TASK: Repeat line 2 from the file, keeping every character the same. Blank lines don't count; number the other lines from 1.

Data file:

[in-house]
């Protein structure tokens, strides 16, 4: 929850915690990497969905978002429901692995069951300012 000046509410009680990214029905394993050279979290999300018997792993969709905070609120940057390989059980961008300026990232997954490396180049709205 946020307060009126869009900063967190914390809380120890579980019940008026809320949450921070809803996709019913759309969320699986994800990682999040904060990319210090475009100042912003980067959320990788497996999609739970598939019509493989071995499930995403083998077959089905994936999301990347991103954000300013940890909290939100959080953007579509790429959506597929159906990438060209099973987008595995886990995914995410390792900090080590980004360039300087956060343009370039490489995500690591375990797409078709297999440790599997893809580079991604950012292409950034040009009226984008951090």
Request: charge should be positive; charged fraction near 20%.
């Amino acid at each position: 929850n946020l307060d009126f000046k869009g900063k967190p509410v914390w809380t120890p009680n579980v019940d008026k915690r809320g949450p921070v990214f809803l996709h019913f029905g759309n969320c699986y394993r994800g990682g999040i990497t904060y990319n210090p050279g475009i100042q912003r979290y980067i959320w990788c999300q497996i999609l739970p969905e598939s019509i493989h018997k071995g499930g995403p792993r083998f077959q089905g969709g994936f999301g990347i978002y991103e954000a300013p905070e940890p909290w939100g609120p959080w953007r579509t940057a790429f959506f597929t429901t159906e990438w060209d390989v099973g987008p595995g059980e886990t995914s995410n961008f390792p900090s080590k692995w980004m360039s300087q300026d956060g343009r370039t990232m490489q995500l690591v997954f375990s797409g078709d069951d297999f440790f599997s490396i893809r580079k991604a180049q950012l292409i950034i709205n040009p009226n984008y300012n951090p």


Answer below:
């Protein structure tokens, strides 16, 4: 929850915690990497969905978002429901692995069951300012 000046509410009680990214029905394993050279979290999300018997792993969709905070609120940057390989059980961008300026990232997954490396180049709205 946020307060009126869009900063967190914390809380120890579980019940008026809320949450921070809803996709019913759309969320699986994800990682999040904060990319210090475009100042912003980067959320990788497996999609739970598939019509493989071995499930995403083998077959089905994936999301990347991103954000300013940890909290939100959080953007579509790429959506597929159906990438060209099973987008595995886990995914995410390792900090080590980004360039300087956060343009370039490489995500690591375990797409078709297999440790599997893809580079991604950012292409950034040009009226984008951090």